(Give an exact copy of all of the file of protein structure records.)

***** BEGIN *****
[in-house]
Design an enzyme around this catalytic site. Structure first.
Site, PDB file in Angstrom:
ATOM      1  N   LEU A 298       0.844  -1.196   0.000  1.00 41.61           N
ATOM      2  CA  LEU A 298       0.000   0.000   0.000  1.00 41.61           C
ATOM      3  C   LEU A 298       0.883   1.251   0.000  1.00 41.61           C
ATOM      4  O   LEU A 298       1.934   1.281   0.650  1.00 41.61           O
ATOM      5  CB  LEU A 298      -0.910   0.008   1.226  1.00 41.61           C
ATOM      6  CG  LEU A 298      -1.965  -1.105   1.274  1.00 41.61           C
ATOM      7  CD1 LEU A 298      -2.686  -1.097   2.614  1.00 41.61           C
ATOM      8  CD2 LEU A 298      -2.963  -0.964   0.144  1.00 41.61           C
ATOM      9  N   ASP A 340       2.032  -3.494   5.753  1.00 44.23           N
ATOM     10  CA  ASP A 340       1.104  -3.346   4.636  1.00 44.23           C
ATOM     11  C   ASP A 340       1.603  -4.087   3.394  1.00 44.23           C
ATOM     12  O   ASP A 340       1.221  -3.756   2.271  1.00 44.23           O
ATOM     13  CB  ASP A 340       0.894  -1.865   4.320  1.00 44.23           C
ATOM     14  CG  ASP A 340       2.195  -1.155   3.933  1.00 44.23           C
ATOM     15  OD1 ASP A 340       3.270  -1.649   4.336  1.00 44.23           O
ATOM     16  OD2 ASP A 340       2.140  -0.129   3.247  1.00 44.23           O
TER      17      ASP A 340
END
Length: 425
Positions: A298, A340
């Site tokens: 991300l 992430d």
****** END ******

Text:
[in-house]
Design an enzyme around this catalytic site. Structure first.
Site, PDB file in Angstrom:
ATOM      1  N   LEU A 298       0.844  -1.196   0.000  1.00 41.61           N
ATOM      2  CA  LEU A 298       0.000   0.000   0.000  1.00 41.61           C
ATOM      3  C   LEU A 298       0.883   1.251   0.000  1.00 41.61           C
ATOM      4  O   LEU A 298       1.934   1.281   0.650  1.00 41.61           O
ATOM      5  CB  LEU A 298      -0.910   0.008   1.226  1.00 41.61           C
ATOM      6  CG  LEU A 298      -1.965  -1.105   1.274  1.00 41.61           C
ATOM      7  CD1 LEU A 298      -2.686  -1.097   2.614  1.00 41.61           C
ATOM      8  CD2 LEU A 298      -2.963  -0.964   0.144  1.00 41.61           C
ATOM      9  N   ASP A 340       2.032  -3.494   5.753  1.00 44.23           N
ATOM     10  CA  ASP A 340       1.104  -3.346   4.636  1.00 44.23           C
ATOM     11  C   ASP A 340       1.603  -4.087   3.394  1.00 44.23           C
ATOM     12  O   ASP A 340       1.221  -3.756   2.271  1.00 44.23           O
ATOM     13  CB  ASP A 340       0.894  -1.865   4.320  1.00 44.23           C
ATOM     14  CG  ASP A 340       2.195  -1.155   3.933  1.00 44.23           C
ATOM     15  OD1 ASP A 340       3.270  -1.649   4.336  1.00 44.23           O
ATOM     16  OD2 ASP A 340       2.140  -0.129   3.247  1.00 44.23           O
TER      17      ASP A 340
END
Length: 425
Positions: A298, A340
């Site tokens: 991300l 992430d």